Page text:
Emmy History: 6 noms, 0 wins

Everyone agrees that Moss is a terrific actress, and her work as Peggy Olson on Mad Men remains consistently spectacular. Her star rose even further with the Sundance mini Top of the Lake, for which she’s also nominated. It’s her fifth consecutive nomination for the series; however, her best chance to win was several years ago, when Mad Men ruled the world. There is seemingly a TV Academy edict that no performer from the show ever will win.

Emmy History: 2 noms, 0 wins

One can never count out Lady Mary Crawley, because we all know what suckers the TV Academy voters are for royalty. Maybe they’ll mistake her for Maggie Smith or something. Dockery isn’t really an upper-cruster; she just plays one on TV. Stunning upsets happen but remain rare, which is what makes them stunning and upsets. But she would stand a better chance were these the Golden Globes.

    1. There is, or was, a comedy called The Newsroom. It is Canadian, and it aired on PBS years ago. It is also fantastic.

    1. Washington is the only one who shouldn’t be there. She’s mediocre at best and overacts and snarls at her worst, which is often. But this is a “whose got huge buzz” competition, not “who can act”, (Spacey and Danes) so unfortunately she’s got it.

      1. I think it’s between Danes and Washington. Performance-wise, Danes should win hands down but Scandal’s buzz is huge and sometimes buzz is all you need to win (read: Melissa McCarthy in the year of Bridesmaid). It’s really a shame that some of the year’s best performances weren’t nominated like Maslany, Russell and Margulies. It could have made this race more interesting.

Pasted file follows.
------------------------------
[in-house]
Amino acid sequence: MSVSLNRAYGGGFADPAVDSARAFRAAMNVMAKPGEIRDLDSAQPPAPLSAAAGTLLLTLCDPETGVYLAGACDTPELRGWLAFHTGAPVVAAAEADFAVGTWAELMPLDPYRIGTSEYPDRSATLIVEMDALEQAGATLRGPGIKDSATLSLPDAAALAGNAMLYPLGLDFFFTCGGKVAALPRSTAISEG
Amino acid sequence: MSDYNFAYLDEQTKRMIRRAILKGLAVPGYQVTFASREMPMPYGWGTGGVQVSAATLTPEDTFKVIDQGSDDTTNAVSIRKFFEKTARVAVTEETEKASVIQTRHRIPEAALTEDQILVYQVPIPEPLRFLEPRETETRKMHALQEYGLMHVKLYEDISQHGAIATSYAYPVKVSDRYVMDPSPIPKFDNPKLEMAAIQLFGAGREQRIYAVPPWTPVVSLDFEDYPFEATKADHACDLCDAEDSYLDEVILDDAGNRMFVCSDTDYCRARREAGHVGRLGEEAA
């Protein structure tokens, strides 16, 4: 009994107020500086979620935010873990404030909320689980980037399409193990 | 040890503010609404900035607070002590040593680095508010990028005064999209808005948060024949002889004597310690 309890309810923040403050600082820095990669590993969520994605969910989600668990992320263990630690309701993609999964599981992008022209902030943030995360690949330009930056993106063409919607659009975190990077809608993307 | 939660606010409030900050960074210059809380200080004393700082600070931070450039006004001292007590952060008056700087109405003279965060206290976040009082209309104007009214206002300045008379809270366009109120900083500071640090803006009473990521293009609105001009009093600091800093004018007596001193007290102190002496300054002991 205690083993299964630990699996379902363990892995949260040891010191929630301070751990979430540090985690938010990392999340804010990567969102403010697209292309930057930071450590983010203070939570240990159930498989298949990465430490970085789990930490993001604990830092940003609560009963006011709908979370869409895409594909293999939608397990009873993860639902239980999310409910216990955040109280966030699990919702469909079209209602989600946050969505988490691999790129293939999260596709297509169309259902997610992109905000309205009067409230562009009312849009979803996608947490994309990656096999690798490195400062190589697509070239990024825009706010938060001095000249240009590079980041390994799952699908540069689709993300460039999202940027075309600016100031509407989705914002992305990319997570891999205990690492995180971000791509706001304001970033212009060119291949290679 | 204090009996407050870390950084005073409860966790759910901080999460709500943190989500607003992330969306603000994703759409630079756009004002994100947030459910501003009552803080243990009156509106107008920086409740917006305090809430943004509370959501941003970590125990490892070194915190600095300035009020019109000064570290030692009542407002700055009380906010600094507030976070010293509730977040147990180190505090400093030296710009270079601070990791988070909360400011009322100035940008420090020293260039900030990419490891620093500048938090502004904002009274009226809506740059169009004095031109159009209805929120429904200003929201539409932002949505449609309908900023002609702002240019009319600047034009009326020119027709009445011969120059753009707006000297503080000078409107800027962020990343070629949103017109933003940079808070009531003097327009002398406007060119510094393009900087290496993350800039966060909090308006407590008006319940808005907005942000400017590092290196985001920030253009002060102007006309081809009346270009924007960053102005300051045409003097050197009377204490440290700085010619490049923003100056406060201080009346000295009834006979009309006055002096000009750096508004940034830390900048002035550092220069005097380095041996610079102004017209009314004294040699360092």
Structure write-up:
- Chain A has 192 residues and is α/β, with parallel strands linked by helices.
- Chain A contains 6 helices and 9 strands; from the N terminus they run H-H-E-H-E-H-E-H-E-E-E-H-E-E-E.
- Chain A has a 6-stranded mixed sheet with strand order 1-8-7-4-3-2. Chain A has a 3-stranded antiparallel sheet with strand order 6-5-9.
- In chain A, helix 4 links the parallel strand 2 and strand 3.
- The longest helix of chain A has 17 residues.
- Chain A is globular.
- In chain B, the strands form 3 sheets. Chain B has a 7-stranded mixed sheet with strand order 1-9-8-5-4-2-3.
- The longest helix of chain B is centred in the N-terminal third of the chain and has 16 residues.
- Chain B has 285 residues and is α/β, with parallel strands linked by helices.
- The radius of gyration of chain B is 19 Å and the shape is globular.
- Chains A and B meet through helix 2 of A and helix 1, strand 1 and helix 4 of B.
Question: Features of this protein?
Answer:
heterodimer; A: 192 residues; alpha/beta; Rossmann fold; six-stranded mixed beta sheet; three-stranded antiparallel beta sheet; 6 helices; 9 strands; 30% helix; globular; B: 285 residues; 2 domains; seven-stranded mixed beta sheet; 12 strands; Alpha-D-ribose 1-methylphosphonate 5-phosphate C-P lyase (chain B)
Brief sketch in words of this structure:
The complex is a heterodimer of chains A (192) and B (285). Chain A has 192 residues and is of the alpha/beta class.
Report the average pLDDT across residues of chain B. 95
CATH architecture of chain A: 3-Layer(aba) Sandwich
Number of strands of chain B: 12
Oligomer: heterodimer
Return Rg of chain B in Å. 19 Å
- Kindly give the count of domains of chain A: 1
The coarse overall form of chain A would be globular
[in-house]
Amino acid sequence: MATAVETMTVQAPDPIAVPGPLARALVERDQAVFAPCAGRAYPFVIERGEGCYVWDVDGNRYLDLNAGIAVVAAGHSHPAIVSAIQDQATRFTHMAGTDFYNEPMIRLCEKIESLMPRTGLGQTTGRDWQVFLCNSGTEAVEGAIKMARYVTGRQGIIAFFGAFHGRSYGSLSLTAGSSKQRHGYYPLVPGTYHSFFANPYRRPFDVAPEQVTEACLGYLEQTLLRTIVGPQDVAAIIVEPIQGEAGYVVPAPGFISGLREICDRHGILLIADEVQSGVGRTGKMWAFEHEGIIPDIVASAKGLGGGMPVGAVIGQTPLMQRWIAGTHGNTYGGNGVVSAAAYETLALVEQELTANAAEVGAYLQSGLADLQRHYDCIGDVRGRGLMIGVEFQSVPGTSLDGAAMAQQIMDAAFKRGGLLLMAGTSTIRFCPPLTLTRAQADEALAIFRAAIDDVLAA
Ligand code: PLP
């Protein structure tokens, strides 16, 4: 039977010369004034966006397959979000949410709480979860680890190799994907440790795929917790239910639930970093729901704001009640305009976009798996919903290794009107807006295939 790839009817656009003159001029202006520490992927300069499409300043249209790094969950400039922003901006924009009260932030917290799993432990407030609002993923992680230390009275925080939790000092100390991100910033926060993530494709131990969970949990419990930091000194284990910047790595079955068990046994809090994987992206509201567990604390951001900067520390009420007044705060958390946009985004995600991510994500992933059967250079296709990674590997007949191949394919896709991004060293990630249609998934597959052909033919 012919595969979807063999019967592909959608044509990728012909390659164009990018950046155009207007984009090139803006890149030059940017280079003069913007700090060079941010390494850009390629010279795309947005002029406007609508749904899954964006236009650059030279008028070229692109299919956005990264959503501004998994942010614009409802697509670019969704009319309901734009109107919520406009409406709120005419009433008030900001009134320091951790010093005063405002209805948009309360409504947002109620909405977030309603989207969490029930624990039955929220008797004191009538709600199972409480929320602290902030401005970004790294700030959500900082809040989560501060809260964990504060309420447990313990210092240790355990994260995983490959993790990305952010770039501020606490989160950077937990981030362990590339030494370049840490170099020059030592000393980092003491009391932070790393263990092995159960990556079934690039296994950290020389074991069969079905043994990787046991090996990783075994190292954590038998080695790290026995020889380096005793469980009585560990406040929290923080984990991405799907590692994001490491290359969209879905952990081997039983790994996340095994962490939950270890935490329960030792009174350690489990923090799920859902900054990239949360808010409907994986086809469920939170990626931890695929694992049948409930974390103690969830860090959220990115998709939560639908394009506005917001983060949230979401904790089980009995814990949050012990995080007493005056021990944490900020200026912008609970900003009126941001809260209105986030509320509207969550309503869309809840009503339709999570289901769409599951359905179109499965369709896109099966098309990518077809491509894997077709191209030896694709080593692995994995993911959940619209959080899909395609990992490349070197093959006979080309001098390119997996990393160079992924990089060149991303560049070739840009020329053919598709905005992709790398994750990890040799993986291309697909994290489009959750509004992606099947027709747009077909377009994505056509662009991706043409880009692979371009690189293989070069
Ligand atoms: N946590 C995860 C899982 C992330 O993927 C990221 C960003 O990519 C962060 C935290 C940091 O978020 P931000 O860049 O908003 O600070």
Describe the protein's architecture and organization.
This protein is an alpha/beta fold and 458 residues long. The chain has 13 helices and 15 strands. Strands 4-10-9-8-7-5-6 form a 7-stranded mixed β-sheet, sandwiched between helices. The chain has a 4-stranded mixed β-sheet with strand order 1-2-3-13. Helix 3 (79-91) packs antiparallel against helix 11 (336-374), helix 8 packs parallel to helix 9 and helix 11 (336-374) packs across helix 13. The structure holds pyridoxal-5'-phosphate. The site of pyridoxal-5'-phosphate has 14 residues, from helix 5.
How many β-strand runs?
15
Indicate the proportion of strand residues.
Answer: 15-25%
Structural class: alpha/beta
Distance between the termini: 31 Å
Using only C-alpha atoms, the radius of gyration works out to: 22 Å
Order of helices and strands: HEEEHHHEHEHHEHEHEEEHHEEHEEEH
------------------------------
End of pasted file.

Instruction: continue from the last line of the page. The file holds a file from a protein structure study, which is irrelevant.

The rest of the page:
1. I really think Moss could win it depending on her submission. I don’t understand all the Kerry Washinton buzz. She’s a great actress, but that show isn’t spectacular.

    I just really hope Homeland doesn’t get much. That second season was mediocre. But the Emmys tend to repeat themselves so I’m pesimistic.

    1. Unfortunately, Moss’ submission doesn’t feature her too much, which was an unfortunate case for her all throughout Season 6, so I can’t see her being ranked anywhere above 6th.

      This definitely feels like it’s a race between Danes, Washington and Farmiga. Wright, Moss and Dockery didn’t really have enough presence this year to stand out as true leads on their shows, while Britton is on a program with no real buzz.

      1. I just saw the submission & you’re right. It’s a good choice for Moss, but it’s understated. That won’t cut it In this heavily soapy category. She’d have been better with the finale episode she at least showed some range.

  2. Danes and Spacey will win. She deserves it even though the back half of season two of Homeland was a disaster, he doesn’t. House of Cards was middling at best and Spacey’s performance was hammy.